Not a new stronger brighter scarab
but something eating that.
A grub or worm,
no less entitled to her corpse than I,
whose excavations mimed distress.
I left them to their cycle there
and walked on.


I’d been having pain in my hands. Aches, sometimes sharper pains, but not like getting stabbed — nothing debilitating, I could still write and type, pick things up, work like I always do.

It felt like I’ve been climbing or playing guitar the day before, but I haven’t been. At first, I thought it was that I was clenching my fists while I was sleeping, but my partners don’t report seeing that.

Now I think I know what it is: referred pain.

From phantom limbs.

Except in this case, the limbs are wings.

Continue reading “Homunculus”


CW: cursory descriptions of body modification, needles/hooks

This past weekend, I executed the fourth flesh hook energy pull I’ve done in my life. If you don’t know what that is, the internets have excellent demonstration videos that you absolutely SHOULD NOT VIEW if needles and/or blood squick you.

TL;DV: You put large hooks through your body, use them to tether yourself to something/someone you can pull against, and dance like that for hours.

The ritual calls for one support person per dancer (that is, per person taking hooks). The support person’s job is super important. They hold your hand (or your intention, or your worry) through the piercing act. They check in to make sure you’re not quietly going into shock.  They help secure the tethers to whatever it is you want to pull against, un-clip and re-clip you to different objects. Make sure you have what you need to keep dancing – keep you hydrated, keep the earth below your feet, keep you functional enough to sustain the high.

Seems like something nearly any close friend could do, right? But they also have to be respectful of religious practice, not be squicked by blood and needles, and not get in the way energetically with their own presence. Turns out, that’s a rare bird.

I was extremely fortunate to have a friend able to fulfill that role for me in the eleventh hour, after all my previous arrangements fell through. He had never done this before, nor seen it done. I tried to explain what it was going to be like, and … mostly failed I think, because he talked later about having had different expectations than what actually ended up happening.

Part way through the pull, he said to me, “Um … this … looks a lot like sex.”

“You have your metaphor the wrong way around,” I said. “Sex looks a lot like this, if you’re doing it right,” which got a laugh. It seemed to make sense to him I think.

But this exchange highlighted a disconnect I often have when talking to friends and family about my spiritual practices. Most of them can’t understand why I do this. I thought it was mostly a failure of our vocabularies/terminologies to shake hands, but I think there’s a Chomsky-esque chicken-and-egg problem too. We can’t talk productively about it, because they don’t have the concepts in their heads to map my words to in the first place and my attempts at trying to explain why one would want to go through such an ordeal don’t seem to get the concepts through.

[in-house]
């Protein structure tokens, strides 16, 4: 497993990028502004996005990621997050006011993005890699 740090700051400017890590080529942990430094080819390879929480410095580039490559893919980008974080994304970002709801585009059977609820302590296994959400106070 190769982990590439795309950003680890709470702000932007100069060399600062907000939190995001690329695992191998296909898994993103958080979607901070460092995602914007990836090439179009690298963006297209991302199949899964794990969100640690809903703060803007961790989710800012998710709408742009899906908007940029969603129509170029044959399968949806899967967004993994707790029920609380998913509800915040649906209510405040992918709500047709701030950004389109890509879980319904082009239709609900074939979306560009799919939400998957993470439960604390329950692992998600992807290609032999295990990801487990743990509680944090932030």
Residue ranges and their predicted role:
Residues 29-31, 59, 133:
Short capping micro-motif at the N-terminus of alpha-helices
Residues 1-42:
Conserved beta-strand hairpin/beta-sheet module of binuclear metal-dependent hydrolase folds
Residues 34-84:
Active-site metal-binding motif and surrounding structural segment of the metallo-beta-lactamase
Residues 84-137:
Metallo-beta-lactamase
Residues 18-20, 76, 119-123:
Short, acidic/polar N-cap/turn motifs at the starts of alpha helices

“Doesn’t that hurt?” they ask.
“Yes,” I say, “that is kind of the point.”

“Why not just stub your toe really bad?” they ask.
“It has to be couched in ritual,” I say.
“But I thought you were a Christian!” they say.
“I am,” I say, “My religious tradition has a long and glorious history of body trauma for the sake of the soul. This is in no wise incompatible.”
…and they shake their heads.

“What is it like?” They ask.
“It’s hard to describe,” I say.

But here’s an attempt, anyway:

Continue reading “Pull”



This past weekend, I executed a ritual I had put together with friends. Successfully (more on this in a subsequent post), but it was touch-and-go at times during the planning stages.

The event was long overdue. The last one I’d done was in 2008 and there wasn’t going to be one I could attend in the foreseeable future, so a friend and I organized our own: called around to find other people interested in participating, secured skilled specialists, searched for and vetted a venue, figured out how sleeping and food was going to work.

Oh how I loathe event planning.

Tried to swing it for this past May, but couldn’t get enough participants. The consensus was October would be better, so we postponed it until the 22nd.

But as the date approached, the person I had earmarked for leading the ritual, half the participants and more than half the support personnel had to cancel, some in the last 48 hours. Some because I didn’t follow through with them appropriately, others for their own very legitimate reasons — family crises, other obligations, financial hardship. They all most sincerely wished they could have been there.

If I were a superstitious person, I would have seen everything tanking — all the obstacles and stumbling blocks that put themselves in the way of doing this — as “Signs Not To Do The Thing” and folded the operation.

Fortunately, I’m not superstitious; I’m science-licious.

Continue reading “Superstition”